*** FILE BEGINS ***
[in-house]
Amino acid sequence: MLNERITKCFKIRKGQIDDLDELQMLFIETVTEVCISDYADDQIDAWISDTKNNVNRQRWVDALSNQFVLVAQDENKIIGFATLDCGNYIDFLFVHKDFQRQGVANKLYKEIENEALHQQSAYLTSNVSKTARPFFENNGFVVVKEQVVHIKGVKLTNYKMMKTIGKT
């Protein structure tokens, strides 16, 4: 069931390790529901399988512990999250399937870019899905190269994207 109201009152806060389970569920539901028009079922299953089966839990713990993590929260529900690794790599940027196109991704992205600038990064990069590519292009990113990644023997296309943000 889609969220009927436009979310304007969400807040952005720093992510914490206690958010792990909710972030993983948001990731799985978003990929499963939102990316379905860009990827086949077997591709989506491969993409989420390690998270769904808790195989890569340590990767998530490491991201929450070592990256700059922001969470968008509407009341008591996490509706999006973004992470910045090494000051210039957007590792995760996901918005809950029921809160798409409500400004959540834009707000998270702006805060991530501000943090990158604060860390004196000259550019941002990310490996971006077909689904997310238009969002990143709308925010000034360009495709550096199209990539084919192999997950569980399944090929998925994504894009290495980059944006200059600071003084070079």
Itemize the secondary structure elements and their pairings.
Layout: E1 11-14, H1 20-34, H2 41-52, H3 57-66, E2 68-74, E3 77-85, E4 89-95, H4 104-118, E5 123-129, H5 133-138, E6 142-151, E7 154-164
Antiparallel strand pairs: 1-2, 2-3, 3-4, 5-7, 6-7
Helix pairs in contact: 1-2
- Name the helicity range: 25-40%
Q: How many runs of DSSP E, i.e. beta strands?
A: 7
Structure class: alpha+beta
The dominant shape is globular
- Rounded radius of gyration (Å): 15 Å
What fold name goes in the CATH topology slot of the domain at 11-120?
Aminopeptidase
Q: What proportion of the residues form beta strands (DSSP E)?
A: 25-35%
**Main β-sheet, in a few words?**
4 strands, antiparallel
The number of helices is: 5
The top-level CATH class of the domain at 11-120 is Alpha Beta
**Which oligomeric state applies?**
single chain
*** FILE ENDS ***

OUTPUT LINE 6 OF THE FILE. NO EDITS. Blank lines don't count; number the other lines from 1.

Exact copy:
Antiparallel strand pairs: 1-2, 2-3, 3-4, 5-7, 6-7